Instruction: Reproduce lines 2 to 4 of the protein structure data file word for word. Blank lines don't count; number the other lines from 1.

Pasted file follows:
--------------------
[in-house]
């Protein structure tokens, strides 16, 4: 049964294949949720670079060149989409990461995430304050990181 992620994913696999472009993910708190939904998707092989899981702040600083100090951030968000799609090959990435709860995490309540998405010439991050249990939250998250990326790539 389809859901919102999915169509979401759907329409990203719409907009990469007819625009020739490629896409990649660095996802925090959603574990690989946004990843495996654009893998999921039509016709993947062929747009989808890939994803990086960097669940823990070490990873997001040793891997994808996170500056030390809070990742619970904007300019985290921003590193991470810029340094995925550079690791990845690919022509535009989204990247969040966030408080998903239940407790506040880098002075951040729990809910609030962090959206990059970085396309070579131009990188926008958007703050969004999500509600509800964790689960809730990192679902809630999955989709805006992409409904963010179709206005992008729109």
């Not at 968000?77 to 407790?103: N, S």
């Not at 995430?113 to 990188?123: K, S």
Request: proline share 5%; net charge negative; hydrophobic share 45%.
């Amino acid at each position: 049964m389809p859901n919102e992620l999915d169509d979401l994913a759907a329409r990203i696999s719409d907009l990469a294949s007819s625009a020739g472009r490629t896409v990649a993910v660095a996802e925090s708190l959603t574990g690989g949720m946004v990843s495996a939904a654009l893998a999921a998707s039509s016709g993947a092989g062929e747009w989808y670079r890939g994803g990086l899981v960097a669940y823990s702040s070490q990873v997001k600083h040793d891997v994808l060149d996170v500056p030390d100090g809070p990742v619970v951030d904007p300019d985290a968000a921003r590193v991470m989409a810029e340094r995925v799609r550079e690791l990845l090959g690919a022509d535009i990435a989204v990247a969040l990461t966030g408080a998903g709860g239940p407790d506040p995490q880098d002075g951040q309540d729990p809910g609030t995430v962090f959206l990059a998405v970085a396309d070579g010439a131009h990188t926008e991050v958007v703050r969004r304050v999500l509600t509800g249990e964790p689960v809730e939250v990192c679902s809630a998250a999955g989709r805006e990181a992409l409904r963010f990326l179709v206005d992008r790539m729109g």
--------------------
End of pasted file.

């Protein structure tokens, strides 16, 4: 049964294949949720670079060149989409990461995430304050990181 992620994913696999472009993910708190939904998707092989899981702040600083100090951030968000799609090959990435709860995490309540998405010439991050249990939250998250990326790539 389809859901919102999915169509979401759907329409990203719409907009990469007819625009020739490629896409990649660095996802925090959603574990690989946004990843495996654009893998999921039509016709993947062929747009989808890939994803990086960097669940823990070490990873997001040793891997994808996170500056030390809070990742619970904007300019985290921003590193991470810029340094995925550079690791990845690919022509535009989204990247969040966030408080998903239940407790506040880098002075951040729990809910609030962090959206990059970085396309070579131009990188926008958007703050969004999500509600509800964790689960809730990192679902809630999955989709805006992409409904963010179709206005992008729109």
């Not at 968000?77 to 407790?103: N, S």
């Not at 995430?113 to 990188?123: K, S």